NOVAK: I think what Senator Daschle is trying to do is trying to be nice, trying to be fair, trying to be collegial in saying, look, we're going to be collegial with you in 17 days and you be collegial with us for another two years. Now, the real test is the thing that Republicans were terrified was that he would bring up the McCain- Feingold campaign reform bill. He is not going to do it he says. He's a man of his word and I trust him. So I think it's going to be a less exciting 17 days than you can imagine.

SHIELDS: Vic, what do you think?

FAZIO: Well, Tom is not going to be confrontational. I think they are going to cooperate with the administration and give the Bush appointees their hearings for confirmation purposes. But I do think that while a deal is still possible before the third, it's going to have to split pretty much the resources of the Senate right down the middle.

SHIELDS: Bigger staff, bigger budget for the minority?

FAZIO: Bigger staff, bigger budgets, and I think more importantly than control of committees where Republicans hang tough for a one-vote majority, Tom Daschle wants the ability to bring issues to the floor and not have Trent Lott do what he did last Congress, and that is keep the Senate from having votes on most tough issues.

SHIELDS: Vic Fazio makes sense.

CARLSON: Yes. Since most of these appointees are known to us and have been vetted before, there's not going take much time to get them through and Ashcroft was a senator, so while that will be controversial, it will not give the Senate a chance to vote against anybody. You know, the best thing they could do would be to push Hillary-care through, push it through the Senate and have Clinton sign the bill. We'll have mandatory health care.

NOVAK: But that's what they're not going to do.

CARLSON: I know it's not what they're going to do, but boredom will reign. There will be no mischief. It will be as if, you know, they were never in charge.

SHIELDS: Quickly, Kate, what 17 days?

O'BEIRNE: Well, the Bush camp hopes the week of January 15th they'll have hearings on all of their Cabinet nominees selected so far. You'll have Senator Kennedy chairing, Senator Leahy chairing, Senator Joe Biden chairing, but there'll be a lot of competition and not much attention paid to any one of them.

SHIELDS: OK, Kate O'Beirne, last words. Vic Fazio, thanks so much for joining us.

FAZIO: I enjoyed it.

SHIELDS: Happy New Year to Judy.

FAZIO: Thanks.

SHIELDS: Thanks for being with us. The gang will be back with the outrage of the week.

(COMMERCIAL BREAK)

SHIELDS: And now for the outrage of the week. In 1962, after he lost the California governorship to Democrat Pat Brown, Richard Nixon had this to say at what he called his last press conference.

(BEGIN VIDEO CLIP)

RICHARD M. NIXON, GUBERNATORIAL CANDIDATE: But as I leave you, I want you to know, just think about how much you're going to be missing. You don't have Nixon to kick around anymore.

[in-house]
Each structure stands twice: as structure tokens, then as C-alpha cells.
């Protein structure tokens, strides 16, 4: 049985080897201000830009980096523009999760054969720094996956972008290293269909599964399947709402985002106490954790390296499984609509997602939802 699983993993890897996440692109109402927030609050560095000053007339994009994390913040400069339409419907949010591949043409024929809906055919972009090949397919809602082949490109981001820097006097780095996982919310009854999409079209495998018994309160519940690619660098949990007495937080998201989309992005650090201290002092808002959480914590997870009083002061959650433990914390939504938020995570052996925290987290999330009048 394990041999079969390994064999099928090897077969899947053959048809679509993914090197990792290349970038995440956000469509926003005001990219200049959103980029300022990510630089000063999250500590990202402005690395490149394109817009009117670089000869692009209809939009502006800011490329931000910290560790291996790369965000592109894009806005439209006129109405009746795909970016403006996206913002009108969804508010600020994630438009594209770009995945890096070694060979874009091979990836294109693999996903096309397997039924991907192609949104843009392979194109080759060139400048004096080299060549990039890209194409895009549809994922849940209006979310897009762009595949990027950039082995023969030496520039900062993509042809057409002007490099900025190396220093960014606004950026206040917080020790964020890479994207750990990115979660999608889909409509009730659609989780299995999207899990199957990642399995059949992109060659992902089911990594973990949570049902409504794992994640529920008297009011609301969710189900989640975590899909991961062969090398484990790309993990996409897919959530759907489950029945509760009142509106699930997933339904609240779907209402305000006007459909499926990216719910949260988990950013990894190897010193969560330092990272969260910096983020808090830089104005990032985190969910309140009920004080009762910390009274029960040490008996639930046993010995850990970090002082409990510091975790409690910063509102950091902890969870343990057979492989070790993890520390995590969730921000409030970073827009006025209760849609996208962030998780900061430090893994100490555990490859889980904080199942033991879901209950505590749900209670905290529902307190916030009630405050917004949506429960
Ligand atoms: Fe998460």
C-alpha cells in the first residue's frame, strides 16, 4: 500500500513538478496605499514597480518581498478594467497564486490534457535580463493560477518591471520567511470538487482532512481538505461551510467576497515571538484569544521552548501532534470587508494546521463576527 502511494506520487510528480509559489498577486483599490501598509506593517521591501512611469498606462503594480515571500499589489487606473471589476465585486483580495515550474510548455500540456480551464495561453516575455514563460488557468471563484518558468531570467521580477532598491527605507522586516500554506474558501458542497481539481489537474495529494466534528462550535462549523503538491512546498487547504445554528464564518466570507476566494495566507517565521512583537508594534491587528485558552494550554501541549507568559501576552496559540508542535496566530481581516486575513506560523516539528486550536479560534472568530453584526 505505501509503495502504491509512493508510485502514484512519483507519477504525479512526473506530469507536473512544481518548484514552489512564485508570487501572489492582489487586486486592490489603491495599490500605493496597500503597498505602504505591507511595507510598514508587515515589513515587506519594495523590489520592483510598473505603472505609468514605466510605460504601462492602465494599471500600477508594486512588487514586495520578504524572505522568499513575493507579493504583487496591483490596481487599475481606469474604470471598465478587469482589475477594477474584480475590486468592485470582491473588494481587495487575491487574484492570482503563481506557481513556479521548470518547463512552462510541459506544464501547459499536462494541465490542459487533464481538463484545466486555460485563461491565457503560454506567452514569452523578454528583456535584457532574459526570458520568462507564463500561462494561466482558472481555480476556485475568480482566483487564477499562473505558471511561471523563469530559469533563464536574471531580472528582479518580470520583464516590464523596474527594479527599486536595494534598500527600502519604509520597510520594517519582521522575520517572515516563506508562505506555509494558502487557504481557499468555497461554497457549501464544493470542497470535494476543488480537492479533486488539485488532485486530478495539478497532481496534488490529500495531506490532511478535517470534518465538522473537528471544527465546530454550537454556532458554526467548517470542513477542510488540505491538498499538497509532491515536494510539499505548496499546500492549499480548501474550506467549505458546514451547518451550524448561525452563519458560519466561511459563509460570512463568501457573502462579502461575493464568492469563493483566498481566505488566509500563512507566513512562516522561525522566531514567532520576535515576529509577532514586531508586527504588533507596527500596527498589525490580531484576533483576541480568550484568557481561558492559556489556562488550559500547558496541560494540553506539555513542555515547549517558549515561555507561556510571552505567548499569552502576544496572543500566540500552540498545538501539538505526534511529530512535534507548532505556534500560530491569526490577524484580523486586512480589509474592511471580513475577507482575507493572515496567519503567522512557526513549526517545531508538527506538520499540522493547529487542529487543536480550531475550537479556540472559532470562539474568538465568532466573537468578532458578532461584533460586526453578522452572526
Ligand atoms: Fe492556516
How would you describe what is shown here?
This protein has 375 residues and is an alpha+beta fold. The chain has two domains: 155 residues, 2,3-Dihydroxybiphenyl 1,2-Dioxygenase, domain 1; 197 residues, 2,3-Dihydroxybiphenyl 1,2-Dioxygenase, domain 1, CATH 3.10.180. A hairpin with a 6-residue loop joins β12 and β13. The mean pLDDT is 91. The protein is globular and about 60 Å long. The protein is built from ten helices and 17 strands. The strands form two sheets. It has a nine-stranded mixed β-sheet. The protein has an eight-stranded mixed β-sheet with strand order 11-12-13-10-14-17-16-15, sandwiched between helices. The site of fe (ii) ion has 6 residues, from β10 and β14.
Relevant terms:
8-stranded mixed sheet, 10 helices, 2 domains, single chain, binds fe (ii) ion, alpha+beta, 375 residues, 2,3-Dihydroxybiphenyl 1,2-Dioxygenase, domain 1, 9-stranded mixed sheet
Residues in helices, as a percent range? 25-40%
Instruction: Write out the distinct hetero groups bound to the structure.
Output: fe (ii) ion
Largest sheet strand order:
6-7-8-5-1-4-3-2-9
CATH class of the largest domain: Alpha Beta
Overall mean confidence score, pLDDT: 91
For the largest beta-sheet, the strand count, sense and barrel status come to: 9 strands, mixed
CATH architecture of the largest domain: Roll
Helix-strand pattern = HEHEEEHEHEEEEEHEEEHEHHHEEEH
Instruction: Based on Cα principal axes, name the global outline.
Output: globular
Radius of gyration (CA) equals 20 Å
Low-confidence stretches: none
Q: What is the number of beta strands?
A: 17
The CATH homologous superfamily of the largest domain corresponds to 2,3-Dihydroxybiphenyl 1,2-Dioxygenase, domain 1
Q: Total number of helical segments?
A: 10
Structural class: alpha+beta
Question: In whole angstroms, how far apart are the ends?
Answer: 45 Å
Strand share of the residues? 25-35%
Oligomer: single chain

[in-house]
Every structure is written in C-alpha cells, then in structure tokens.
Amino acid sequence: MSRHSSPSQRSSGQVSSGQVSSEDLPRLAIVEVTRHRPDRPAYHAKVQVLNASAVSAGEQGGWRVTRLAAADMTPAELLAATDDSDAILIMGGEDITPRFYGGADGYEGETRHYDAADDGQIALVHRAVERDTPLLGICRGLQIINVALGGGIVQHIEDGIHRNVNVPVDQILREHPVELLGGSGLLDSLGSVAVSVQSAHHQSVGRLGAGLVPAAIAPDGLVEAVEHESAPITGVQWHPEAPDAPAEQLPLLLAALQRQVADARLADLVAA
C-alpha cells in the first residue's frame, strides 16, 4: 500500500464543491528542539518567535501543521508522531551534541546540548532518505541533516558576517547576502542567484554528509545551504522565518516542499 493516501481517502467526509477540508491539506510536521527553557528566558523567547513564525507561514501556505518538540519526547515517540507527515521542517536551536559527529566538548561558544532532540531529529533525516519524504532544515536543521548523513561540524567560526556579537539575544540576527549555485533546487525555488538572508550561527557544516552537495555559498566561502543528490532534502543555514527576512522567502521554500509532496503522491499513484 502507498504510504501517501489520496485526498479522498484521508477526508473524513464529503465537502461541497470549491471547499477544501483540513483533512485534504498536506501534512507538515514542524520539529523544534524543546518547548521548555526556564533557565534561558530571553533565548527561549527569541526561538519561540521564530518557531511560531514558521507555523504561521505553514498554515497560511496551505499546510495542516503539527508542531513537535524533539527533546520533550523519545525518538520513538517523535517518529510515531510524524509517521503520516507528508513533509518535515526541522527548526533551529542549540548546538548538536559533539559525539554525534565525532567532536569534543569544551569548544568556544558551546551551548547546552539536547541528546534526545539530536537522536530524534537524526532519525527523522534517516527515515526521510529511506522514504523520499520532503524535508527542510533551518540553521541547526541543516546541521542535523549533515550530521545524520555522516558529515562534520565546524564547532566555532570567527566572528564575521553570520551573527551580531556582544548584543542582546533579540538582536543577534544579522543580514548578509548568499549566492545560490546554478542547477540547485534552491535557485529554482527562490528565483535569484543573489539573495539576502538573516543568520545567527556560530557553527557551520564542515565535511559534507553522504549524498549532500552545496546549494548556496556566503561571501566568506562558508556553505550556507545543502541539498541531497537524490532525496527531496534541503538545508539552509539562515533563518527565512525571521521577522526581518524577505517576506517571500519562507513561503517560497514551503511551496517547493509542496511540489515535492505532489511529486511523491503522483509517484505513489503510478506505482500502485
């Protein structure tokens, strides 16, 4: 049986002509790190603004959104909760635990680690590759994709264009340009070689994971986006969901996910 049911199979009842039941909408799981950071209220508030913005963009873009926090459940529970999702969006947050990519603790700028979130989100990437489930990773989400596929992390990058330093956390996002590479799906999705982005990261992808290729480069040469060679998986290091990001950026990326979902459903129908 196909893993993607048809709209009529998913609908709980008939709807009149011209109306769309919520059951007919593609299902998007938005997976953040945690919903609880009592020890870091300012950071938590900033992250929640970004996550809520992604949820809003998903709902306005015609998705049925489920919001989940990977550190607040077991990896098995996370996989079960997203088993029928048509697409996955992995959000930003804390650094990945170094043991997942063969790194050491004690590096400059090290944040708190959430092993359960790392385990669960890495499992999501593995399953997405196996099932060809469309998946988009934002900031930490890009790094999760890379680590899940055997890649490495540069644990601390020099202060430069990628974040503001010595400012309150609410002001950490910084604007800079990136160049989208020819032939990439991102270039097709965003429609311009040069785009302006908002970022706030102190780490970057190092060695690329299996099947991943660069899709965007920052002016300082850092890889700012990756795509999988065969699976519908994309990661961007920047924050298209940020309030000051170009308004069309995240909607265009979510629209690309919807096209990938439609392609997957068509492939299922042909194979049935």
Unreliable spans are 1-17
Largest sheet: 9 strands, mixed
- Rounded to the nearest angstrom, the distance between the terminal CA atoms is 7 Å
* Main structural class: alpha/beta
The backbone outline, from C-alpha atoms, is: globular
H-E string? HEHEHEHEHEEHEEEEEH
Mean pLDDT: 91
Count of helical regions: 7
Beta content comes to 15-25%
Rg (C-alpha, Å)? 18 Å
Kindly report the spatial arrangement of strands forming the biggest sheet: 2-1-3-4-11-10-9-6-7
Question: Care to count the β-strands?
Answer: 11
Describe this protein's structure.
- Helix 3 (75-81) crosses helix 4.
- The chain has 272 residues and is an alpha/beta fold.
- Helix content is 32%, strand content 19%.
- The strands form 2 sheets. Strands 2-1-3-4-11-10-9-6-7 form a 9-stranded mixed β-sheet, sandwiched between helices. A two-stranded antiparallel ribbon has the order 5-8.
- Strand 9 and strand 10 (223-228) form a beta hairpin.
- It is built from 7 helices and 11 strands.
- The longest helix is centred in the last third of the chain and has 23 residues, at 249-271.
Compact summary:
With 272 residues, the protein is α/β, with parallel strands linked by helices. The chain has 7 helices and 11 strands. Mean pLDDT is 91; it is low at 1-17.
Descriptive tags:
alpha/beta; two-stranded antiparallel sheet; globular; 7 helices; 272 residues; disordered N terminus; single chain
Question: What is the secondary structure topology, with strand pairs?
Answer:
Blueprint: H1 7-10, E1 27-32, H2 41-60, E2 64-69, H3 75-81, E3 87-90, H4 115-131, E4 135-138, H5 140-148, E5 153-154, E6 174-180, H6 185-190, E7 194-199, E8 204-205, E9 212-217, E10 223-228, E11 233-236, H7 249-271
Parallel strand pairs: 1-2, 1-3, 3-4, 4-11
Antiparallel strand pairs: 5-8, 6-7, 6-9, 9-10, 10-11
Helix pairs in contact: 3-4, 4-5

(END VIDEO CLIP)

SHIELDS: Nixon's anger was specifically directed at the tough, even-handed coverage of the campaign by "The Los Angeles Times'" Dick Bergholz, a fair-minded and respected professional who covered California politics awfully well for four decades. Dick Bergholz died this week at 85 -- Bob Novak

NOVAK: President Clinton is spinning to the last, saying an estimated $5 trillion surplus over the next decade shows that Americans don't need a tax cut. All it really shows is that Americans are terribly overtaxed. The real danger is that a massive corporate cash crunch threatens the global economy and a tax cut, while vital, is but part of the solution. Bill Clinton will never understand. We can only hope George W. Bush sees the danger.

SHIELDS: Margaret Carlson. CARLSON: You're going to miss having Bill Clinton to kick around

Just eight years ago, Bill Clinton, talking tough, vowed to have the most ethical administration in history. But yesterday he went back on that vow by rescinding the executive order that barred top- level officials from lobbying for five years. By reverting to the one-year rule, Clinton gives the revolving door a vigorous, cynical spin on his way out. Yes, he'll be remembered for creating 22 million jobs. But now he'll also be remembered for creating a few lucrative ones for his friends.

SHIELDS: Kate O'Beirne.

O'BEIRNE: And a Clinton sweep, Mark. In what will hopefully be one of his final outrages as president, Bill Clinton has again abused longstanding tradition, this time by making a recess appointment to the federal bench. This cheap political trick is designed to embarrass Republicans if they fail to allow this black candidate to remain the in the lifetime appellate post. Bill Clinton has had eight years to integrate the 4th Circuit Court, but waited until now in order to fuel racial tensions and play politics with the federal judiciary.

SHIELDS: This is Mark Shields saying good night for the CAPITAL GANG. Next on CNN, "SPORTS NIGHT" reports on the opening NFL playoff games.